All images courtesy of Marvel
As the weather warms up, so will New York City’s arts and culture scene. The city’s Open Culture program that allows institutions to put on ticketed shows and events kicked off this month, preceded by the state’s NY PopsUp initiative, which promises to present over 300 unannounced concerts and performances statewide. Providing another way for New Yorkers to safely enjoy live performances again, architecture firm Marvel has developed a concept that converts portable shipping containers into stages for outdoor theatrical and musical productions.
The conceptual design involves adapting shipping containers as stages by placing them on bridges between scaffolding towers, about 12 feet above street level. According to the architects, there would be enough space for vehicles to pass underneath and traffic to resume when not in use. The portable theaters can seat 100 socially-distanced people at the ground level in front of the stage.
The shipping containers come in two models, one for stages and one for operations. Containers that are smaller could be used for concessions and shops, according to Marvel, which has experience working on a number of cultural projects, including TheatreSquared and the Northeast Bronx YMCA, as well as adaptive reuse, like the Bedford Union Armory in Crown Heights.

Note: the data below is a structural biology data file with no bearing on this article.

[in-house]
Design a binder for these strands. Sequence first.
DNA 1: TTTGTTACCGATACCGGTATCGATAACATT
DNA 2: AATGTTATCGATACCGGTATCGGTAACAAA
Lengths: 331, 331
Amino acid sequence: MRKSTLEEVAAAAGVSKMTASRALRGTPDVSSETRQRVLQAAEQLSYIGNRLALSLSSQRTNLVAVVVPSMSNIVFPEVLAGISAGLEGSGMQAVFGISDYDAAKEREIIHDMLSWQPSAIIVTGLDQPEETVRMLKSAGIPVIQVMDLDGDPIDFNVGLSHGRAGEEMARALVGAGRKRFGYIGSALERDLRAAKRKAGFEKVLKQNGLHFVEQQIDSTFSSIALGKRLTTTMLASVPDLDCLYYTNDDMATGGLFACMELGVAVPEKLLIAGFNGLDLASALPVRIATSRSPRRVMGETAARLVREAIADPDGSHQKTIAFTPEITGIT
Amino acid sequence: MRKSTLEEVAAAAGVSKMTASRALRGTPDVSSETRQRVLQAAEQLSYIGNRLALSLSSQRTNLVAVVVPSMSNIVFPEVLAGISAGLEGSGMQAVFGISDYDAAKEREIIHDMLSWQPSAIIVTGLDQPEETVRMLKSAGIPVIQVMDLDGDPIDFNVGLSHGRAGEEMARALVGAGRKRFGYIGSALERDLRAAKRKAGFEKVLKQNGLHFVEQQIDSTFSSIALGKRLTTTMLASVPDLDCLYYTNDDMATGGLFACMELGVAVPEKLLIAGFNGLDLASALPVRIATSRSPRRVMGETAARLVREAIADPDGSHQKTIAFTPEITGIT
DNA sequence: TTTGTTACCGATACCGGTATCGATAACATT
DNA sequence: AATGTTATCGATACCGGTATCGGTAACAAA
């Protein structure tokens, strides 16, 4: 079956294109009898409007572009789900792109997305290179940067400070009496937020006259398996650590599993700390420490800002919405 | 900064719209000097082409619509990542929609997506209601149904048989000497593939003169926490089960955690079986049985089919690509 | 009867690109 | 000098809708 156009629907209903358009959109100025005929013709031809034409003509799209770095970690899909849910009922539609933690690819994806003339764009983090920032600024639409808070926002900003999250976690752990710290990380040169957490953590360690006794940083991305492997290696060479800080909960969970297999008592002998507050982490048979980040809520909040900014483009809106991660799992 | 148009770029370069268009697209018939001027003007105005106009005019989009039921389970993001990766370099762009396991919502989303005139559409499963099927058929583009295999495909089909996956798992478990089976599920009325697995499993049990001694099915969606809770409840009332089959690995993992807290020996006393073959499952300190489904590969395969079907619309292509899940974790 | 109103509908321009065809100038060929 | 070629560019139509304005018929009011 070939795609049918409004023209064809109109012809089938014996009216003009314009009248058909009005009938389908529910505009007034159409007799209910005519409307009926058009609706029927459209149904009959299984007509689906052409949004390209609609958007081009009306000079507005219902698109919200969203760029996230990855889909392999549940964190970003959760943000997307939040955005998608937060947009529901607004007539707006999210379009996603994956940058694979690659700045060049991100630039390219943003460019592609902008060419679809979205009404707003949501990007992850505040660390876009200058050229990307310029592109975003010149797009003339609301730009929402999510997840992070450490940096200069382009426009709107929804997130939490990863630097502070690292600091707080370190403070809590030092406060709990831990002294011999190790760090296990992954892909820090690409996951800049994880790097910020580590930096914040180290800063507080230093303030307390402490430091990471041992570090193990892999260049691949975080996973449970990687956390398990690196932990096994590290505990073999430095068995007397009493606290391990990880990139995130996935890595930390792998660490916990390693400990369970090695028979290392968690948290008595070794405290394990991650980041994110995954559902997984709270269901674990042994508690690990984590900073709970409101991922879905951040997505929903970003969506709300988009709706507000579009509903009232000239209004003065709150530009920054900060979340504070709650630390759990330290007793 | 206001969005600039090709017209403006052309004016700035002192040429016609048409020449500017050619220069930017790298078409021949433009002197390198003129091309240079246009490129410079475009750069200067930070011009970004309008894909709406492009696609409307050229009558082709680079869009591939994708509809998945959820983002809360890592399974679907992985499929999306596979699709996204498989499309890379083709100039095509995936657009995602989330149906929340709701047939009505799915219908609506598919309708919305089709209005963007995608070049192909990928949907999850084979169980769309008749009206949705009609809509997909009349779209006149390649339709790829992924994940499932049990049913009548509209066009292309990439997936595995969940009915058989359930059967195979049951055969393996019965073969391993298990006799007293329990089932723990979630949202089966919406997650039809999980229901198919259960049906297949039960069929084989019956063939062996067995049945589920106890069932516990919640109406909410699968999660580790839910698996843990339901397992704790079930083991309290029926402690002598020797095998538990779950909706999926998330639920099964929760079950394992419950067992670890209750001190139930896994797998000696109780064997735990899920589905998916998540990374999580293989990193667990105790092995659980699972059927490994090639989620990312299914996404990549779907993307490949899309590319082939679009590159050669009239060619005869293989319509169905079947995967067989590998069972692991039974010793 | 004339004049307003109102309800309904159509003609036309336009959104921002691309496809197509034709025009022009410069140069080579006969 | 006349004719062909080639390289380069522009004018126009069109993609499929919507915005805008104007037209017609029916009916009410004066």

“There is a culture of sidewalk bridging in our streets and sidewalks,” Jonathan Marvel, founding principal of Marvel, told Dezeen. “Scaffolding of this kind can provide an elevated staging for both performances as well as towers to support the 40-foot spanning containers, letting pedestrians and automobiles flow beneath.”
Marvel first came up with the project in May 2020, just weeks after Broadway and other performance venues were closed in response to the pandemic. Gov. Andrew Cuomo this month said arts groups can resume live performances starting April 2, with COVID protocols in place.
Under state rules, indoor arts and entertainment venues can reopen starting April 2 at 33 percent capacity or up to 100 people indoors and 200 people outdoors. If all attendees present proof of a negative coronavirus test prior to entry, capacity can increase to 150 people indoors and 500 people outdoors.
Some performances that are part of the NY PopsUp program, which launched in January, could take place at select Broadway theaters, which have been closed since March 12. Marvel told Dezeen it could test out their shipping container stages near Broadway quickly.
“A pilot project could be assembled temporarily in an empty parking lot adjacent to the cross street in the theatre district, and tested for operability and safety concerns,” Marvel told the website.
- Shakespeare in the Park will return to NYC this summer
- The Shed reopens in Hudson Yards next month with live music and comedy shows
- Brooklyn-based company repurposes shipping containers for pop-up COVID-19 testing labs
All images courtesy of Marvel